The Observer is a Student-run, daily print & online newspaper serving Notre Dame & Saint Mary's. Learn more about us.



Sinn Fein leader to talk at ND

Sheila Flynn | Tuesday, March 16, 2004

Gerry Adams, president of the Irish political organization Sinn Fein, will make his first visit to the home of the Fighting Irish today, delivering a lecture in Washing-ton Hall at 5 p.m.

“He’s always wanted, I understand, to come here, just given its iconic importance,” said Breandan MacSuibhne, program coordinator for the Keough Institute for Irish Studies.

“Notre Dame is of very iconic importance to Irish America.”

Adams’ lecture is cosponsored by the Keough Institute and the Office of International Studies. MacSuibhne said that Christopher Fox, director of the Keough Institute, was responsible for extending the invitation to Adams, the president of Sinn Fein.

“There was an attempt to bring him out several years ago, but the proposed visit fell through the last time because of unexpected developments at home in Ireland,” MacSuibhne said.

Sinn Fein is an Irish political party seeking reunification of Ireland, which, under Adams’ leadership, has achieved increased electoral success. In the early 1980s, Adams oversaw Irish republicans’ first interventions in electoral politics amidst perceived British censorship and sectarian violence, surviving an attempt on his life in 1984. A key figure in initiating the Irish peace process and arranging the 1994 IRA ceasefire, Adams remains at the forefront of Northern Irish politics.

He represents West Belfast as a member of the British Parliament and also serves the same district as a member of the Northern Ireland Legislative Assembly established under the Good Friday Agreement of 1998.

“There’s been massive demand,” MacSuibhne said of ticket requests, noting that an overwhelming number of undergraduates, as well as faculty members and graduate students, have expressed interest in the event.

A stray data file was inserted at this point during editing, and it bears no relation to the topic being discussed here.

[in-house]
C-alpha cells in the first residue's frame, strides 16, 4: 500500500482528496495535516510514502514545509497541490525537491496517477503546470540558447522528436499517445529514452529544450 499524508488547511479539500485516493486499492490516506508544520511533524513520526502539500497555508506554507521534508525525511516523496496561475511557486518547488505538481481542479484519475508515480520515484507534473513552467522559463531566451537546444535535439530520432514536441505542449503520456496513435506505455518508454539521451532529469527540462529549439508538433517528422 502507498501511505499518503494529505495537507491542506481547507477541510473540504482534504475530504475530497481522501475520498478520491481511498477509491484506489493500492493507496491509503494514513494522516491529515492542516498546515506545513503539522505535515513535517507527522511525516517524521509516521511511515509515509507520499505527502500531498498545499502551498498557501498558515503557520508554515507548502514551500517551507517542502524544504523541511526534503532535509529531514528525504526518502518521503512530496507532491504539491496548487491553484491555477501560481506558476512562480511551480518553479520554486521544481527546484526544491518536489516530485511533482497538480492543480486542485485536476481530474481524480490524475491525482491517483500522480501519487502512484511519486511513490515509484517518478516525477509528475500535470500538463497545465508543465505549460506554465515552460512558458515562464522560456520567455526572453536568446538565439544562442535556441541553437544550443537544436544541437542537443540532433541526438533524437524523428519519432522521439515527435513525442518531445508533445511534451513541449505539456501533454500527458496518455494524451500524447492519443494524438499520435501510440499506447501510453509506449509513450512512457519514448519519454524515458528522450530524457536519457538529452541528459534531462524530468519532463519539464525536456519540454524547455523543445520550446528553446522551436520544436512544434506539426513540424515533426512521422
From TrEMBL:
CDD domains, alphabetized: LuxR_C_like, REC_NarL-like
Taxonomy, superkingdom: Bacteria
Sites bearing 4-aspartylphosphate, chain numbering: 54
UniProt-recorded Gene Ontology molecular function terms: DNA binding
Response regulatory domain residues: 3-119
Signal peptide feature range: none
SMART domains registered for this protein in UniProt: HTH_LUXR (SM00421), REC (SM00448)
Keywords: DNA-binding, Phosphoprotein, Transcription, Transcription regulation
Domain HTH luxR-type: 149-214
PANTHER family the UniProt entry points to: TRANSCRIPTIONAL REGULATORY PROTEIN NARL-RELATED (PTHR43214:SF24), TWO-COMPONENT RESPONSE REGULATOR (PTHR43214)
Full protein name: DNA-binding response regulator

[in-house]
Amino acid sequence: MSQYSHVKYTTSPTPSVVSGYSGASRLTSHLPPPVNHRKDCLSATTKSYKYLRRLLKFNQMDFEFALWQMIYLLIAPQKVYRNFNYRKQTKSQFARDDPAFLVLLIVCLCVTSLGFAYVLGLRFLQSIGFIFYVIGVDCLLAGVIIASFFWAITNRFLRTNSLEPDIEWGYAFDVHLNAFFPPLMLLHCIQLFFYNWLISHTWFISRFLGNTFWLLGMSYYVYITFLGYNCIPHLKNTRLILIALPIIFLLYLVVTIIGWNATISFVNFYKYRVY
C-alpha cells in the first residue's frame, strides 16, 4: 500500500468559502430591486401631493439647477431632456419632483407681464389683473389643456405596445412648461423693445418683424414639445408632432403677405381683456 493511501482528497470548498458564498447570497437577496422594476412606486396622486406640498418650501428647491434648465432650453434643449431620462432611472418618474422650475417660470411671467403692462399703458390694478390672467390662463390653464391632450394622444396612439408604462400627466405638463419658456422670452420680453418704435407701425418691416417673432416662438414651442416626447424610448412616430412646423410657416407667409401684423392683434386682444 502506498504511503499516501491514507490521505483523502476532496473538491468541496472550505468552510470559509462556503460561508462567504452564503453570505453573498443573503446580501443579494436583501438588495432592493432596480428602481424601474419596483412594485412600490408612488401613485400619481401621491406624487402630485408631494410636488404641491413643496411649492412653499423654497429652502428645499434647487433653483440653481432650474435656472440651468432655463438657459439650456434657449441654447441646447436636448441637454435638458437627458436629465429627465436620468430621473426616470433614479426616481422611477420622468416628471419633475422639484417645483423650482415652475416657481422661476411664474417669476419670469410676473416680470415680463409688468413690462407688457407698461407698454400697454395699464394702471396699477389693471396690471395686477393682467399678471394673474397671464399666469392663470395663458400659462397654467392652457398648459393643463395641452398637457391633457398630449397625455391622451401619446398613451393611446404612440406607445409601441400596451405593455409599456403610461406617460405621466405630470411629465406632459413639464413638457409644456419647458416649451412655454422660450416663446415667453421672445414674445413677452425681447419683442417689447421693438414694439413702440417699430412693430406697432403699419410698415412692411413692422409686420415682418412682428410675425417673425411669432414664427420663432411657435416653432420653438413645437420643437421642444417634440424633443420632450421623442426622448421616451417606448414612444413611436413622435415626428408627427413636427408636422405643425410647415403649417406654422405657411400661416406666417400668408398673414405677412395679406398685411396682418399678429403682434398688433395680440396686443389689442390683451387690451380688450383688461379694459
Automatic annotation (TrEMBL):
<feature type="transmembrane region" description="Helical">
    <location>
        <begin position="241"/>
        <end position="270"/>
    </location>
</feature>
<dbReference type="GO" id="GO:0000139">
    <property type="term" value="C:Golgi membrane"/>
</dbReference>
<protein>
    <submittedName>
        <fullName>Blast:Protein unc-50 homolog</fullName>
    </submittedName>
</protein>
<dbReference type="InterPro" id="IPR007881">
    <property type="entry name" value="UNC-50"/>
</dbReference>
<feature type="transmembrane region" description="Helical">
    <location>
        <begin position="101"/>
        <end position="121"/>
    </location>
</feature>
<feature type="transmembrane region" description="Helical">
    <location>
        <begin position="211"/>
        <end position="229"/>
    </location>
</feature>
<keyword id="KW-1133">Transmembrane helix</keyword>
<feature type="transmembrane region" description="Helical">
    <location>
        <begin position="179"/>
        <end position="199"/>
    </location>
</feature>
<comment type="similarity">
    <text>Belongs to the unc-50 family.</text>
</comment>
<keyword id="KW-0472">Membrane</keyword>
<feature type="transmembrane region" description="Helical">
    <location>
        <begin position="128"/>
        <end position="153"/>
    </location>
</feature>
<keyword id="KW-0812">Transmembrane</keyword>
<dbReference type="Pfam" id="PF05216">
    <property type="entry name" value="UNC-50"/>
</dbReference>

“I think it’s [that] Adams is widely recognized now for being a critical person in the pursuit of peace in Ireland – central to the Irish peace process,” MacSuibhne said of the interest.

All tickets had been distributed as of March 10, but a live video stream of the lecture will be available online, and there will be a closed circuit television broadcast in the LaFortune ballroom.

“It’s a big conflict in modern time,” said junior Irish studies minor Mike Adams. “[It’s] such a great opportunity to see him … just to learn more about the situation.”

Gerry Adams is expected to discuss the Irish peace process and Irish America during his lecture, which will be followed by a question-and-answer session. During his time on campus, he will also meet with Fox and Father Theodore Hesburgh, Mac-Suibhne said.

Adams’ visit is part of the Keough Institute’s series of public talks and lectures, which included, earlier in the year, visits by Nobel laureate Seamus Heaney and former Irish Prime Minister Garrett Fitzgerald.

And Mac-Suibhne said that Adams’ lecture, scheduled amidst a busy United States trip including various Washington, D.C. functions, adds another distinguishing notch to the Keough Institute’s reputation.

“It just indicates the kind of importance, or the prominence, of the Irish studies program here at Notre Dame,” he said.

“It just further puts the Irish Studies program at Notre Dame firmly on the map.”